Strange Flight

Edited by Leonie Sky. Elm, $14.95 trade paper (188p) ISBN 978-1-941614-30-3
This well-intentioned but wildly uneven anthology features six stories of characters with disabilities navigating science fiction worlds, from both #OwnVoices authors and allies. Yvette Franklin’s “The Darkness of Goo” is the strongest offering, about a crew finding alternative means of communication while navigating through a strange, viscous substance that prevents them from using American Sign Language. Unfortunately, the authenticity and empathy of Franklin’s tale does not pervade the other pieces in the anthology. Though “Music of the Spheres” by Victoria Feistner, about a space-faring woman discovering a pulsar with musical emissions, gets off to a promising, even poetic start, the tale disappoints by ending in a melodramatic suicide. David Preyde’s “Twentieth Century, Go to Sleep” is the most confusing of the bunch, with several historic assassins making appearances in the modern world. Preyde offers moments of loveliness and insight (“That’s the special gift of trauma, it turns you into a time traveler”), but on the whole readers will be lost. The often muddled narratives and inconsistent quality rob the anthology of its potential. Readers will be disappointed. (July)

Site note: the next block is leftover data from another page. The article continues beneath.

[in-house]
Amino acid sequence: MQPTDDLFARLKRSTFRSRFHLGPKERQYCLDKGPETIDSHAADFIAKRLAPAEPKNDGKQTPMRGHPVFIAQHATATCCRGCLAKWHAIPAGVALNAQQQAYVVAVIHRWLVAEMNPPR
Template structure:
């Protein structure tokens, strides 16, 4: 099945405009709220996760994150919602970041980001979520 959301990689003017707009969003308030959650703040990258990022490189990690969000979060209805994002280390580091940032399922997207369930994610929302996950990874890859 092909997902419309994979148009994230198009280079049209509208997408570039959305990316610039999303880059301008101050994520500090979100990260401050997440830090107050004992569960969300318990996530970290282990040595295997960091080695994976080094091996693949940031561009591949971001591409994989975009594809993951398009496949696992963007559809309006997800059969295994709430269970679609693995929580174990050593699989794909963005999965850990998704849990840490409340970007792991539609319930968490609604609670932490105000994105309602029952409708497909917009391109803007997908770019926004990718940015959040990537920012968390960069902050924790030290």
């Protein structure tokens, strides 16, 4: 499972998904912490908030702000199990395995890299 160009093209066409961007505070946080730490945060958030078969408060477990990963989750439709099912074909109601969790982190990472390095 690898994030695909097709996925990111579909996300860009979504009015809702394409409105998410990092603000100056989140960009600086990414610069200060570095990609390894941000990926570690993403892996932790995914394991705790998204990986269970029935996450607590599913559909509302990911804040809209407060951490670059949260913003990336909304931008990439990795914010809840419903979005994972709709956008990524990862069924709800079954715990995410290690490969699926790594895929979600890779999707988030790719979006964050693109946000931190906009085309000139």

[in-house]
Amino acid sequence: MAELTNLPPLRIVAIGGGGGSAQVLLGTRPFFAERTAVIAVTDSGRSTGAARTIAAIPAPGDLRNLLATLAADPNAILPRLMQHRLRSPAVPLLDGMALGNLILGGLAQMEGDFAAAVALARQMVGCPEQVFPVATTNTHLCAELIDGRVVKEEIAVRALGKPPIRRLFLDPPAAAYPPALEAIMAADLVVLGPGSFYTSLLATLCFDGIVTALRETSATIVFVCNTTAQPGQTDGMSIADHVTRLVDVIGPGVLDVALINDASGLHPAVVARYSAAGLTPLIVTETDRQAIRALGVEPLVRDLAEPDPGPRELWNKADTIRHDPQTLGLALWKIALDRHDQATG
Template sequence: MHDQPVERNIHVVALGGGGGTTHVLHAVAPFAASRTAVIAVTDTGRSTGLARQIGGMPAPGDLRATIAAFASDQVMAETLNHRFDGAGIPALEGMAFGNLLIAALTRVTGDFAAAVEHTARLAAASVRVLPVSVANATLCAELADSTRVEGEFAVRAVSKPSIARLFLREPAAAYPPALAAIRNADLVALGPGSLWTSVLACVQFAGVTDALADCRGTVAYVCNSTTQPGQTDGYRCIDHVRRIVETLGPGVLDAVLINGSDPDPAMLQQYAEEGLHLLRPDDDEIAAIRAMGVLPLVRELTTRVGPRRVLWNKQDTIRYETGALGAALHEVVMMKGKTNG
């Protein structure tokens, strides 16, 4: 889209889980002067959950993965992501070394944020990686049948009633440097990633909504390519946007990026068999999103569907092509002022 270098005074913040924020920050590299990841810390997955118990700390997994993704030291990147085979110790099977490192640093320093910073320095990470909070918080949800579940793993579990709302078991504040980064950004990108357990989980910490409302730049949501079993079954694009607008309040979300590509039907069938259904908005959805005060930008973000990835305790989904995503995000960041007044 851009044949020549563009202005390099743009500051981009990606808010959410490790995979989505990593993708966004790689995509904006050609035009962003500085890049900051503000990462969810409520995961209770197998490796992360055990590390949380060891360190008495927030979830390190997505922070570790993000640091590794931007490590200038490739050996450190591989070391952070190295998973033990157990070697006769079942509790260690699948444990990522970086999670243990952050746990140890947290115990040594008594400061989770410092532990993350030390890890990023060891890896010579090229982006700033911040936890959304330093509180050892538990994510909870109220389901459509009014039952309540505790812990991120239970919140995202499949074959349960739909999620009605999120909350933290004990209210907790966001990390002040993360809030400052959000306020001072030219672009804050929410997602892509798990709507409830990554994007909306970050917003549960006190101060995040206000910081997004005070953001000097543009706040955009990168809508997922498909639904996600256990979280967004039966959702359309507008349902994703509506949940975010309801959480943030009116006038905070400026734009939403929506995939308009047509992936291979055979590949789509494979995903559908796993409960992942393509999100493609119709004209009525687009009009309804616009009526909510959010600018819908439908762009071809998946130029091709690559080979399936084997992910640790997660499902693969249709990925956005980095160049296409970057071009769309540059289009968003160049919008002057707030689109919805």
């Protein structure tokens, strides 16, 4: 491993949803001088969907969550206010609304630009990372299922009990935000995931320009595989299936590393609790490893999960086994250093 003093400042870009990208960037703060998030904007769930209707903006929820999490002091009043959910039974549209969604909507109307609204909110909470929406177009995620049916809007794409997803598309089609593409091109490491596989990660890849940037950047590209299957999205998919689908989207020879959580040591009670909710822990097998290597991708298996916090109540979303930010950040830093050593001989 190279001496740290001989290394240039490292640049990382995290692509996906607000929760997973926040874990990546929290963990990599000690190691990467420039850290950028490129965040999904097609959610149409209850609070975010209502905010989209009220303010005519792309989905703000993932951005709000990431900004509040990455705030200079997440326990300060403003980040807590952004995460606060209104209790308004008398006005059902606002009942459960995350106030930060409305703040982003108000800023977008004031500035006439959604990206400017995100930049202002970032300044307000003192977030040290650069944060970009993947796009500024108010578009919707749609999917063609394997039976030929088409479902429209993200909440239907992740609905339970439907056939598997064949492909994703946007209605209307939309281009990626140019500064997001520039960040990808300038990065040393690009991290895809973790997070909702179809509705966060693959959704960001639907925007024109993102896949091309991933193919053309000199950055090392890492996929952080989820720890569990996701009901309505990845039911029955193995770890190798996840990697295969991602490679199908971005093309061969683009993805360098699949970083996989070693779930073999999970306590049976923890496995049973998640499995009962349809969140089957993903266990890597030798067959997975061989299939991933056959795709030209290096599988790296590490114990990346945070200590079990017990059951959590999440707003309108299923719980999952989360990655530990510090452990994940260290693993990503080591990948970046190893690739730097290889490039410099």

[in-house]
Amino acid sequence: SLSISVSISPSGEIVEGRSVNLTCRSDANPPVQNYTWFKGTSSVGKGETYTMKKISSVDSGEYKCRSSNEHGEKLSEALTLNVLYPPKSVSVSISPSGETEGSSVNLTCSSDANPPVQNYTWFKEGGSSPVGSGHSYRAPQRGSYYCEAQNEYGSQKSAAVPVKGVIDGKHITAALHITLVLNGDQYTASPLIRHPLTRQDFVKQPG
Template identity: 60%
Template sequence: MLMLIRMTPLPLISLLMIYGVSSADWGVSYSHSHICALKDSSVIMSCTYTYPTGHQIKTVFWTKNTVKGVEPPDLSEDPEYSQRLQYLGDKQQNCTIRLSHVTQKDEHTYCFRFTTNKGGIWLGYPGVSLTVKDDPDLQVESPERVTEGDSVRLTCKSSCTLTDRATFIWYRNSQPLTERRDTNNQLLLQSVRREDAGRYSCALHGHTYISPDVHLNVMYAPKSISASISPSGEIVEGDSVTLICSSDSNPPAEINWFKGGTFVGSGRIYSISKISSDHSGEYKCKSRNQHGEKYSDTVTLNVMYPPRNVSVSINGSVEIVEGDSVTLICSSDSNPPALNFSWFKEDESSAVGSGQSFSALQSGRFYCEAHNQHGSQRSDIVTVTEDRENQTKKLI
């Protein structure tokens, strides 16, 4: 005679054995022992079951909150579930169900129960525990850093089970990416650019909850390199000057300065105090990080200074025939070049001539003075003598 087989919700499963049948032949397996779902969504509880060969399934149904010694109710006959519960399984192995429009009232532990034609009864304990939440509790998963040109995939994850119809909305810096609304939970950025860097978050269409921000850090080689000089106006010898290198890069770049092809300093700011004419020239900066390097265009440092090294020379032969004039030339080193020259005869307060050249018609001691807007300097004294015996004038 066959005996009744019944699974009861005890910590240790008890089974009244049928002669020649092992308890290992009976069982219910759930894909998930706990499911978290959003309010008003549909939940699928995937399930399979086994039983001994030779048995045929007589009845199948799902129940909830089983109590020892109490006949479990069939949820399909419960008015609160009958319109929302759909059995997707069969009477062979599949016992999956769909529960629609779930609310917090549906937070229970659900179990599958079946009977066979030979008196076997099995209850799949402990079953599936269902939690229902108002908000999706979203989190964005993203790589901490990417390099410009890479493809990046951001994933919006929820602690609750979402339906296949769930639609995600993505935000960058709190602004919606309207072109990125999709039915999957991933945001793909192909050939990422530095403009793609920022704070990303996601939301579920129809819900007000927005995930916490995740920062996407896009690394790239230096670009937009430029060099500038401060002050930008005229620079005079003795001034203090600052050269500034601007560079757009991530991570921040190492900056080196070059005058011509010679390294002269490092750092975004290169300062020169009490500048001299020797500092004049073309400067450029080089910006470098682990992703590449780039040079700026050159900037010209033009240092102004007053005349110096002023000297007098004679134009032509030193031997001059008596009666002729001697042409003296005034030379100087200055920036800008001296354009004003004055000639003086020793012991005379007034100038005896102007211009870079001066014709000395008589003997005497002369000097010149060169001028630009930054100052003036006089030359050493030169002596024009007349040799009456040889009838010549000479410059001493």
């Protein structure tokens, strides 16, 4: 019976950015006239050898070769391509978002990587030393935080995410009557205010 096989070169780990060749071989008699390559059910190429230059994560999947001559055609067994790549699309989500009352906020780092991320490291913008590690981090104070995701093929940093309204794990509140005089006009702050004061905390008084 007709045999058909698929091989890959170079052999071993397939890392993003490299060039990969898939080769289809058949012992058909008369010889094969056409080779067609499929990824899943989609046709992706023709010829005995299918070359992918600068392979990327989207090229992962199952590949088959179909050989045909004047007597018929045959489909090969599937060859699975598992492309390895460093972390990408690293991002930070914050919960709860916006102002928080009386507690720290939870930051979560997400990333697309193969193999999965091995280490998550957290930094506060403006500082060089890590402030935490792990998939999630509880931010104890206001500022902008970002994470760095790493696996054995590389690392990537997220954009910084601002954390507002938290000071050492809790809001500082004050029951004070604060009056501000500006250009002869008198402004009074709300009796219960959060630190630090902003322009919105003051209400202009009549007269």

Reviewed on : 03/24/2020
Release date: 07/01/2020
Genre: Sci-Fi/Fantasy/Horror
Discover what to read next